Study shows more Canadians increasingly comfortable sharing data online

As the federal government prepares to introduce new private sector privacy legislation, a new study suggests a growing number of Canadians are less concerned about online privacy and increasingly comfortable sharing their data online.

The global study was conducted by Foresight Factory for Interpublic’s Acxiom and the Global Data & Marketing Alliance, which is comprised of 28 marketing associations, including the Canadian Marketing Association. The survey covered 16 countries, up from 10 in its first version in 2018. Canadian consumers were included both times, providing data on how attitudes have shifted over the past four years.

The study found that 48% of Canadians “feel more comfortable with the notion of data exchange with businesses,” up from 40% in 2018. And 26% of Canadians, up from 23% in 2018, consider themselves “data unconcerned,” which GDMA describes as: “Those who are unconcerned about online privacy in general and characterized by lower levels of concern about the sharing of personal data.”

The study comes as privacy advocates call for more protection of consumer data, and as the marketing industry remains in the midst of a years-long shift toward more data based digital marketing.

While marketing groups like GDMA are concerned about new restrictions, governments have responded by introducing—or considering—increased privacy protections, most notably Europe’s General Data Protection Regulation (GDPR). Meanwhile technology giants like Apple and Google are making fundamental changes to give users more control of how their data is used, thereby making it more difficult to access for marketers.

The GDMA says concerns about data protection may be overstated. “While some media reports would have us believe people are more worried than ever before, the reality is more people are getting familiar with data and technology and in return concern is falling,” states Jed Mole, CMO of the IPG agencies Acxiom, Kinesso and Matterkind, in the introduction to the report, “Global Data Privacy: What the Consumer Really Thinks.”

The GDMA says its research shows that the “vast majority” of people are comfortable with data sharing if “there is a clear benefit to doing so.” Consumers are willing to share their personal data with a company they trust. This was the number one factor for Canadian respondents, followed by receiving free services and products in exchange for the data. In 2018, just 35% of Canadians agreed with the idea that data exchange is essential for the running of modern society, compared with 41% in the new study.

“This growing comfort with data exchange is likely due to the significant increase in online activities over the past two years,” said CMA president and CEO John Wiltshire. “Canadians are recognizing the benefits of online services, with more than 40% saying their online activity has increased since the start of the pandemic.”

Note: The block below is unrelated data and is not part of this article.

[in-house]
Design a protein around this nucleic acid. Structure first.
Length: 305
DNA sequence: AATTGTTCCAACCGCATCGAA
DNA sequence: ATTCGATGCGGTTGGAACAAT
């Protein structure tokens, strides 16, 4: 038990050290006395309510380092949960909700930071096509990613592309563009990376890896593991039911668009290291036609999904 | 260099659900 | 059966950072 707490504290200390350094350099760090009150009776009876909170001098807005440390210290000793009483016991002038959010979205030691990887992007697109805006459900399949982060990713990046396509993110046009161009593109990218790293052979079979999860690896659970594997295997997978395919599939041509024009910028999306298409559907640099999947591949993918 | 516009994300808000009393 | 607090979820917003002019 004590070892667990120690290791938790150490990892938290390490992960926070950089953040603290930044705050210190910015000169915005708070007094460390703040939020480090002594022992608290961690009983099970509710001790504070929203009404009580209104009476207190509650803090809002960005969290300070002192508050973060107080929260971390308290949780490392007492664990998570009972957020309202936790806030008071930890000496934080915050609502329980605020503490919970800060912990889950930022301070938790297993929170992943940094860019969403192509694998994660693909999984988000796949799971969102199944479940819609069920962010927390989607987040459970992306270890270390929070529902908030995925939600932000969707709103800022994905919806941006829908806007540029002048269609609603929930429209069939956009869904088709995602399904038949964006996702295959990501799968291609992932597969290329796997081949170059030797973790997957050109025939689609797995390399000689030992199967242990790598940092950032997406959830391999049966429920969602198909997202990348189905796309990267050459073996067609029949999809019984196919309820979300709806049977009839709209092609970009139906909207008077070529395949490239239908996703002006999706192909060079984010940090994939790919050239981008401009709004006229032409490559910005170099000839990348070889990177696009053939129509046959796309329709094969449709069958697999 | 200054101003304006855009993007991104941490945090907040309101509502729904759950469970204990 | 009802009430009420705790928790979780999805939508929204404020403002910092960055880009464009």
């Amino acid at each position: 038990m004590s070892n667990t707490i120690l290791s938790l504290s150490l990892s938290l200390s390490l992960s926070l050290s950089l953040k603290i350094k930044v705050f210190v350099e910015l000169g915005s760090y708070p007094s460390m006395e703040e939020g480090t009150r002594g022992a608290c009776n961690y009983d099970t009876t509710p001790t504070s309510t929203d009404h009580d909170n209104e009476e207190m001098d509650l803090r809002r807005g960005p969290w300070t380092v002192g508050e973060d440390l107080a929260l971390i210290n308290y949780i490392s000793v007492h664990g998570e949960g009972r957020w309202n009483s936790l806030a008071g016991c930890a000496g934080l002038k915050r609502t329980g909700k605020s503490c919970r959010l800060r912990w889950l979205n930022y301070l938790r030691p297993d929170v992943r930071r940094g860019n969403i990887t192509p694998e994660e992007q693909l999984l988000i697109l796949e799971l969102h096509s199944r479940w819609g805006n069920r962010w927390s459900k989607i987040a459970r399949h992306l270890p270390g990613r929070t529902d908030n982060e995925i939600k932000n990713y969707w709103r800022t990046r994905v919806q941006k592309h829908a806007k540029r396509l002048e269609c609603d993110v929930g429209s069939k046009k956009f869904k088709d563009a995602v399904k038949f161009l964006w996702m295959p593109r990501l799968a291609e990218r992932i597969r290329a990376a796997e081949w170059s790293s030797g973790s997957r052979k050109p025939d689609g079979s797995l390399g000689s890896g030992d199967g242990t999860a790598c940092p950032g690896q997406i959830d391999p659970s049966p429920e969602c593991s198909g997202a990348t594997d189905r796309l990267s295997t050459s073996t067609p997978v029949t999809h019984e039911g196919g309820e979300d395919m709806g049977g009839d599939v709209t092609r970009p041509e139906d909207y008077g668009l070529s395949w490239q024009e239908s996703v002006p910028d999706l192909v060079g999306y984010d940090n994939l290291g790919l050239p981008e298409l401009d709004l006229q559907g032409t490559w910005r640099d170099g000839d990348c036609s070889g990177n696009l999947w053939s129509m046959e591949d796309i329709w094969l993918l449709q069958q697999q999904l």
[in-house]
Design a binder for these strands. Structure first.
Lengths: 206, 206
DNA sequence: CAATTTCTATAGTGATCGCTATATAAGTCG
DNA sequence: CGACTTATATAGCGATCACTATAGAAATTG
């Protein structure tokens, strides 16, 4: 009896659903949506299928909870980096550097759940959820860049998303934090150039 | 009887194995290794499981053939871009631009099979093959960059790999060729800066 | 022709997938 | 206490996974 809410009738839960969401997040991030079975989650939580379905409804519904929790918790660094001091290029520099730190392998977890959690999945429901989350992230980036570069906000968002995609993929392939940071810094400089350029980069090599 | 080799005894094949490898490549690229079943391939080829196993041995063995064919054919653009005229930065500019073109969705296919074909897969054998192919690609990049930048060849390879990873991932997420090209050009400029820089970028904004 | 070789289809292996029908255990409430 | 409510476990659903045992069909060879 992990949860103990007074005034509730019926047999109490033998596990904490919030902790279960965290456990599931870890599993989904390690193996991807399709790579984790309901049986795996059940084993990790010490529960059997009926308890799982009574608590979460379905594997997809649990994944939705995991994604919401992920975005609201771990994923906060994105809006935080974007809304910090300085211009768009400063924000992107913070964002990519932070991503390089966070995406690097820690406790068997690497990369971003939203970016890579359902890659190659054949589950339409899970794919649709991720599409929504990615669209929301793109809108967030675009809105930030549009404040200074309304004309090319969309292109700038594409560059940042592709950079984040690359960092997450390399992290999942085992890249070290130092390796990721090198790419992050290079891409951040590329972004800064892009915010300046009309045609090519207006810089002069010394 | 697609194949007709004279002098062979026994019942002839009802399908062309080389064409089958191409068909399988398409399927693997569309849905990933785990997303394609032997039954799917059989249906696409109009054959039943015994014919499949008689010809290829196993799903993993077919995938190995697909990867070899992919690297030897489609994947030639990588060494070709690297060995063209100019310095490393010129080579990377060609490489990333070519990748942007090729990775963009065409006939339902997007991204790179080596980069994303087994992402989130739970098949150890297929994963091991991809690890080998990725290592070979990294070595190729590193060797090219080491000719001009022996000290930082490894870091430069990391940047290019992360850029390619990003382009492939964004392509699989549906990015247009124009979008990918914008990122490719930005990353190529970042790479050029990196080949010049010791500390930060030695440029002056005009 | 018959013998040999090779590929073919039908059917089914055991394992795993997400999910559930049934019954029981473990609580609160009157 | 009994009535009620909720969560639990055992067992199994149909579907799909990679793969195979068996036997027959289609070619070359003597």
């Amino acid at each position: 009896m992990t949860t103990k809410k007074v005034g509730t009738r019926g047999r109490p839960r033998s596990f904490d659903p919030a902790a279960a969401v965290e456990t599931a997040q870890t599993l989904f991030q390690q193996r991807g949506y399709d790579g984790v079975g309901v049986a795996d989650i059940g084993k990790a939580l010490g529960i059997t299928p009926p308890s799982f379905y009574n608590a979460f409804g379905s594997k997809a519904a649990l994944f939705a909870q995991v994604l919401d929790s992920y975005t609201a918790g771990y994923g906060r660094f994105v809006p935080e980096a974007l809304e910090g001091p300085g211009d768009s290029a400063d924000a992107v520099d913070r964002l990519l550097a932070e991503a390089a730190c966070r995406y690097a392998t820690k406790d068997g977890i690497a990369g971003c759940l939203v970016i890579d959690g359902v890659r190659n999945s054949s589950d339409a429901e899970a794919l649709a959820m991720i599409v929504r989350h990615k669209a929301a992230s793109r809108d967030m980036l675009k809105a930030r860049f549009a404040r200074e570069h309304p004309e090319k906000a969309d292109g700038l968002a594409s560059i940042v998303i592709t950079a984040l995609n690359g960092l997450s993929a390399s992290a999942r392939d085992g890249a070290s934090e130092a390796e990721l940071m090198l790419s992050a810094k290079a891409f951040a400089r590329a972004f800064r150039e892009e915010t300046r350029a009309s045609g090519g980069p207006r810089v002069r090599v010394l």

The study also found a decrease in what it calls data fundamentalists: “Those who are concerned about online privacy and are unwilling to provide personal information even in return for service enhancement.” For the 10 countries included in the 2018 study (including Canada), 21% fit into that category today, down from 23% four years ago. In Canada, 24% of respondents consider themselves “fundamentalists.”

While the study showed growing willingness to share private data with business, Mole said the industry cannot “relax,” and must do more, because “people still don’t see themselves benefiting from data as much as companies do.”

“While we cannot pretend the digital economy does not provide growth and value to businesses (and let’s not forget their employees), it provides far more value to people than they realize,” he wrote.

One of the most significant shifts toward increased data protection for consumers came with Apple’s 2021 release of iOS 14.5, which gave users the option to not be tracked by apps. An overwhelming majority of users reportedly opted in to the service.

“Perhaps, when consumers opt out in the iOS environment, the benefits of opting in are not clear to them,” Wiltshire told The Message. “Or perhaps, in that moment when they are trying to download an app, they are making a snap or ‘default’ decision without giving much thought to the pros and cons.”

“One of the most important things that the marketing sector needs to do is help consumers understand how they benefit from the data value exchange, because there may be impacts they might not have considered,” he added.

Last year, the GDMA also released “Global Privacy Principles,” meant to provide best practice guidance to improve existing self-regulatory privacy initiatives and codes. The GDMA described them as “aspirational commitments for organizations, governments, and people to cultivate a trusted and successful commercial ecosystem.”

And last month, the CMA also released a report calling on the Canadian government to avoid the “pitfalls” of Europe’s GDPR when it introduces new privacy legislation, expected this spring. Privacy Law Pitfalls: Lessons Learned from the European Union” was based on more than 30 third-party research reports.

“While the GDPR has sparked progress in advancing privacy protections and awareness globally, it has proven after more than three years to be much better in theory than in practice,” said Wiltshire in a release introducing the study. “There are growing concerns that the law’s pitfalls are stifling innovation, overwhelming regulators and creating complexity for consumers.

“Canada has the opportunity to learn from the EU experience, and to once again be a global leader with legislation that protects consumer privacy while preserving the enormous social and economic value of data to Canadians.”

David Brown